Frances Hollande arrives in Cuba on historic visit

Francois Hollande arrived in Havana Sunday, the first French president to visit Cuba in more than a century, cementing Paris’s lead in the EU rapprochement with the communist island.

Hollande is the first Western leader to visit Cuba since a surprise announcement in December by Havana and Washington that the former Cold War foes would move to normalize relations after half a century of bad blood.

Hollande arrived at Havana’s Jose Marti International Airport at 22:50 (0250 GMT Monday) and was greeted by Cuba’s Deputy Foreign Minister Rogelio Sierra, on the latest leg of a whirlwind five-day tour of the Caribbean.

“I come to Cuba with great emotion because it is the first time that a president of the French Republic has come to Cuba,” he said on arrival.

No French leader has visited Cuba since the island nation gained independence in 1898.

“There are historic ties, deep ties, between the people of France and the people of Cuba,” said Hollande, applauding Cuba’s long-time commitment to independence.

The visit is aimed at boosting French and European Union interests in Cuba, which has undergone gradual economic and social reforms under Castro.

France is seeking to “be the first among European nations, and the first among Western nations, to be able to say to the Cubans that we will be at their side if they decide themselves to take needed steps toward opening up,” Hollande told reporters before arriving in Havana.

The French president said the easing of a decades-long economic embargo by the United States will help Cuba’s cash-strapped economy.

“Cuba wants to move on to a new phase, a new period, a new time for this island that was victim of an embargo,” Hollande said on a stop in Guadeloupe, referring to the US sanctions in place since 1962.

The French leader said removing the embargo was key to opening Cuba up to the rest of the world, adding that despite the move toward thawing relations with Washington, economic barriers remain.

“There are still a lot of measures in place that block trade and business,” Hollande said.

Several agreements will be signed during the trip, though the details of the deals were not made public. Hollande said the accords would focus on improved access to Latin American markets.

Hollande has already made stops in Saint-Barthelemy, Saint-Martin, Martinique, Guadeloupe and will end his regional visit in Haiti on Tuesday.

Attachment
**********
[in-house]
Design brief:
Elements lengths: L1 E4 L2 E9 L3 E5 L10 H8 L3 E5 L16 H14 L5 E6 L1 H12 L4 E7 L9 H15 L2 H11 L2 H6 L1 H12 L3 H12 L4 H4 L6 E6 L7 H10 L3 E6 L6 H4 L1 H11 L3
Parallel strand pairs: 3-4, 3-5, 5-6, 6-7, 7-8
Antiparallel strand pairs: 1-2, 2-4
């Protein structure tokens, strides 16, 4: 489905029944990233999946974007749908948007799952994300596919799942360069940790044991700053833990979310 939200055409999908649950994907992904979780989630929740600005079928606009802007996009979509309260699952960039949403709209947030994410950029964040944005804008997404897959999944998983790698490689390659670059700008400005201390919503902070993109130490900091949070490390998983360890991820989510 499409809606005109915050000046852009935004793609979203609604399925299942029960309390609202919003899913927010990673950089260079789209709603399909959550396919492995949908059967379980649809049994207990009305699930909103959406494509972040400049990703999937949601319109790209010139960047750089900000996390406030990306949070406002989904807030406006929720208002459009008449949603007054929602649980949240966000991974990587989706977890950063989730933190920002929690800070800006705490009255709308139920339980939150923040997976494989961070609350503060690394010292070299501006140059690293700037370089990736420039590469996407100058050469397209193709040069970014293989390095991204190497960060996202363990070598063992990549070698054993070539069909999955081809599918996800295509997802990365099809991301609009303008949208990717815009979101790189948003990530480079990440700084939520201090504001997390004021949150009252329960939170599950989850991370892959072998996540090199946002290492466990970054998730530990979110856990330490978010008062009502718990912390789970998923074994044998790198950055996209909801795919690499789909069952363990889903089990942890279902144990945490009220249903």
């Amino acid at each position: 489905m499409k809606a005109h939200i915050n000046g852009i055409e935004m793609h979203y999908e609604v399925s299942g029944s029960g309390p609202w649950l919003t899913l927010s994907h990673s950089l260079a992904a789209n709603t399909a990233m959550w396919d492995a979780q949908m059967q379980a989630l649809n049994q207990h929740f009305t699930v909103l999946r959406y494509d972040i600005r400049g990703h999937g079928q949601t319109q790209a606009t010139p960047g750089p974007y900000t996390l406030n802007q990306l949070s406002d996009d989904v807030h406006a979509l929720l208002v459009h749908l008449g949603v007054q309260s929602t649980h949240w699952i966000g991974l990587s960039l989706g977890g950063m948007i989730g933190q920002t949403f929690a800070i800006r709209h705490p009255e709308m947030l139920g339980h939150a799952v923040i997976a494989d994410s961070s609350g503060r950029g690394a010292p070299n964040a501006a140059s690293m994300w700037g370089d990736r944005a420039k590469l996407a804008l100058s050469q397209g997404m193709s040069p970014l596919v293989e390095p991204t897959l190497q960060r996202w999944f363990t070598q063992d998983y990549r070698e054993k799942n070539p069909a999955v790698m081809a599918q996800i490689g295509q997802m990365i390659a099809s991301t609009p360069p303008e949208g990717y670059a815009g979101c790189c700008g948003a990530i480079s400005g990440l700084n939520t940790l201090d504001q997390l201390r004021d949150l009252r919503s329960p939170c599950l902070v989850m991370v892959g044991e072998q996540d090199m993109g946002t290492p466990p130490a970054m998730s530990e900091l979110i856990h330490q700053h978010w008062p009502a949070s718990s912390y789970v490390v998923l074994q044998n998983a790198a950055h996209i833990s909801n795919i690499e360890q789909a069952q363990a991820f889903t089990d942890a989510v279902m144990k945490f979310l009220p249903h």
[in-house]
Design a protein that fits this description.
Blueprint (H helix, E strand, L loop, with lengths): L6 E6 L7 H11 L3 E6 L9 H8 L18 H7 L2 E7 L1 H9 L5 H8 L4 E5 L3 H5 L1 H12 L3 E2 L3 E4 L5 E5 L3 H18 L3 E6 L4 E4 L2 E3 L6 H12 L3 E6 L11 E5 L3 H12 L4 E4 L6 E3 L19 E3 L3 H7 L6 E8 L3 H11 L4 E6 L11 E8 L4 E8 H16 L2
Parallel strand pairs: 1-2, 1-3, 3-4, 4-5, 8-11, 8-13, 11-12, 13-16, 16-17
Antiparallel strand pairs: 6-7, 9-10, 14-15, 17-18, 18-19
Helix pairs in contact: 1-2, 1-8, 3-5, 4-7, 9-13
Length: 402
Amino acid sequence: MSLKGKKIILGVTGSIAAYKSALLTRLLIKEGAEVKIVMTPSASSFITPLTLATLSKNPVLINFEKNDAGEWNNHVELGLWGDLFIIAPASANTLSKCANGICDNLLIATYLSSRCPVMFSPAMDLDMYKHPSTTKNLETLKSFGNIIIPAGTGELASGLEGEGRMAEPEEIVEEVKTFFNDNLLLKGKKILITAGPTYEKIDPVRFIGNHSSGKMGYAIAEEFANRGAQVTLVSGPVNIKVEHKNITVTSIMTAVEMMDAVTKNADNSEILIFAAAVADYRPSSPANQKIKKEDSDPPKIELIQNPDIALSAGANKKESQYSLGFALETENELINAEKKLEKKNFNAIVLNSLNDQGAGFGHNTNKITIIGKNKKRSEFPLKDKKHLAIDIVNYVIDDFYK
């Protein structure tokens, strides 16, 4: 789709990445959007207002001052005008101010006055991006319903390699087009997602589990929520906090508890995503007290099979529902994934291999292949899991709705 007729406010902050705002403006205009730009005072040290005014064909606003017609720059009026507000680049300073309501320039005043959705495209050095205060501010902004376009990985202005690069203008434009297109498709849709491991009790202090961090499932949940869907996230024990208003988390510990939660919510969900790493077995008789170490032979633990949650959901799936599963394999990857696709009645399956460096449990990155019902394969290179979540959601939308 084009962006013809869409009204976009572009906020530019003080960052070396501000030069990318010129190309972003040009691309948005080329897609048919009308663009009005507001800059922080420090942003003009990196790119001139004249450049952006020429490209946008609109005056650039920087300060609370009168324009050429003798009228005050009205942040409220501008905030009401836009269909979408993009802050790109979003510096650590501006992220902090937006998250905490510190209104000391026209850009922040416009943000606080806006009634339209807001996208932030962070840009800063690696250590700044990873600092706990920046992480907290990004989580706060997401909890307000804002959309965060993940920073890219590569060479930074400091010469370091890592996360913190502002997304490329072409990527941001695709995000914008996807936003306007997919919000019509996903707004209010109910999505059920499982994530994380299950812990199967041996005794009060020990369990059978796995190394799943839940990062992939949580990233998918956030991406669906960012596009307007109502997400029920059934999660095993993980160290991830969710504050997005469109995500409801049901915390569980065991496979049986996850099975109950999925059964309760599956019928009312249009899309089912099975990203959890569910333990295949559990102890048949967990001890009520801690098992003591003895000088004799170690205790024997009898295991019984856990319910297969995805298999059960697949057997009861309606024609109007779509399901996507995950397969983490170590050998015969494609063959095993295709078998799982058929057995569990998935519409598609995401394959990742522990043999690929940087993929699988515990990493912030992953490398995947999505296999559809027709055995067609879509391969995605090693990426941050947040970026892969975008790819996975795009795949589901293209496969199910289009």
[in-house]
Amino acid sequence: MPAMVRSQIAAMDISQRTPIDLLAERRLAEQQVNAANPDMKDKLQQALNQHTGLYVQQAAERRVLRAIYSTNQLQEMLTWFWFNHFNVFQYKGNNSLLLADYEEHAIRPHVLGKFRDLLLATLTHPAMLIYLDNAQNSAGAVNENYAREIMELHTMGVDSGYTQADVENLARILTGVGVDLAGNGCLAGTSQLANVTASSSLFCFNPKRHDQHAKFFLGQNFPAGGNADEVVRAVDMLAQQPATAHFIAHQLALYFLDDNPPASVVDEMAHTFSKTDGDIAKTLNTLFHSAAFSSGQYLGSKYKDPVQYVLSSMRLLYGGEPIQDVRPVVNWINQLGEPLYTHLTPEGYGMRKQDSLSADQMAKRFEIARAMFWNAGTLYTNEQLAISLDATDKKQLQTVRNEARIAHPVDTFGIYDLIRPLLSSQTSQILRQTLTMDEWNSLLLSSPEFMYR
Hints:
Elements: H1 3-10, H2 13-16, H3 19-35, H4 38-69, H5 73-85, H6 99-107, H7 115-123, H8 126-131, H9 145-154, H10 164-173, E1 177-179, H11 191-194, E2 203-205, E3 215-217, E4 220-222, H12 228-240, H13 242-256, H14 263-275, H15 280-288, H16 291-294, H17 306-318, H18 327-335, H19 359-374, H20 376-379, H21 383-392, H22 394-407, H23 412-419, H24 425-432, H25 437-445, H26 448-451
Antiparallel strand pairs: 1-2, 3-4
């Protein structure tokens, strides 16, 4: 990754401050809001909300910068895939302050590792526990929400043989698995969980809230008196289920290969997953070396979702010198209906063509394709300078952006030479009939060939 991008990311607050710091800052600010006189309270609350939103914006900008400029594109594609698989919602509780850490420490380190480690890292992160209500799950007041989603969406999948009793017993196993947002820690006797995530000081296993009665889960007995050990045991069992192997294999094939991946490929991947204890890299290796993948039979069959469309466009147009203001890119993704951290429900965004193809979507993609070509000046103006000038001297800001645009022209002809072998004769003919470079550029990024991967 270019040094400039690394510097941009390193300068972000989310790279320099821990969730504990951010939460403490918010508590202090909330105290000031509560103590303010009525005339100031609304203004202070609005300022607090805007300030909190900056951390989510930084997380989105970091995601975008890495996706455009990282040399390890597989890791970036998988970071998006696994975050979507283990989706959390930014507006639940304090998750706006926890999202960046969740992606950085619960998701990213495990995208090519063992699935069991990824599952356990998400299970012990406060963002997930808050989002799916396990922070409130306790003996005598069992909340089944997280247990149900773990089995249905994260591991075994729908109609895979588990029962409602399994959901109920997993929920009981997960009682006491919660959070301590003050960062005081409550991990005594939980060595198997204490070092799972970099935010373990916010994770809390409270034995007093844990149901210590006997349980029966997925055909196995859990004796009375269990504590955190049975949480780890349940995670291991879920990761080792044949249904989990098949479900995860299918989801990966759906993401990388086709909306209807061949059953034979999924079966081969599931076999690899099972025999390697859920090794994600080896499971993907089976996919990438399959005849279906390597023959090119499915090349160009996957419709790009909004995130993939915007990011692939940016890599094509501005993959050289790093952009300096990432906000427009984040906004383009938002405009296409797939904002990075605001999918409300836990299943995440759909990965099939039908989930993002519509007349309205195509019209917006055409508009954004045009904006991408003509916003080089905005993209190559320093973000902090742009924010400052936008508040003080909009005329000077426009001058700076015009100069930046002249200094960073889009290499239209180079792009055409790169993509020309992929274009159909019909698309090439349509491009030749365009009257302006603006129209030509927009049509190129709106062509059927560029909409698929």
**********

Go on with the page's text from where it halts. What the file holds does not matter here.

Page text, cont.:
– Row over rights –

The French president is due to meet on Monday with his Cuban counterpart Raul Castro, whom he last met with in December 2013 in South Africa at Nelson Mandela’s funeral.

Hollande’s office has said he is available to meet with revolutionary icon Fidel Castro as well, but Havana has not confirmed that face-to-face talks between the two will take place.

The visit follows a meeting Sunday between Raul Castro and Pope Francis at the Vatican, where the Cuban leader thanked the pontiff for his role in brokering the historic detente between Havana and Washington.

In addition to economic issues, the trip is also a chance to discuss human rights issues. Activists have criticized Cuba’s rights record, accusing Havana of cracking down on dissidents and free press.

Hollande did not rule out addressing tough issues during his visit.

“I speak of human rights whenever there are political prisoners, every time there are violations of freedom, France does not remain tight-lipped,” Hollande said before arriving in Havana.

The European Union suspended relations with Cuba in 2003 over a crackdown on journalists and activists, but it opened talks to restore ties in April 2014, aiming to persuade Havana to improve its rights record.

It was under the French presidency of the EU in 2008 that political dialogue was first resumed between Brussels and Havana.

France, which has made its relations with Latin America and the Caribbean a foreign policy priority, has along with the Netherlands been a strong supporter of the normalization of ties between Cuba and the 28-member European bloc.

Europe’s rapprochement with Cuba began before the December announcement on Cuba-US relations.

French Foreign Minister Laurent Fabius made a brief stopover to Cuba in April 2014, the first visit to the island by France’s top diplomat in three decades.

Trade between France and Cuba is modest, worth around $388 million a year, with the balance solidly in France’s favor.

French officials recognize the importance of the EU positioning itself politically and economically for when the US embargo is eventually lifted.

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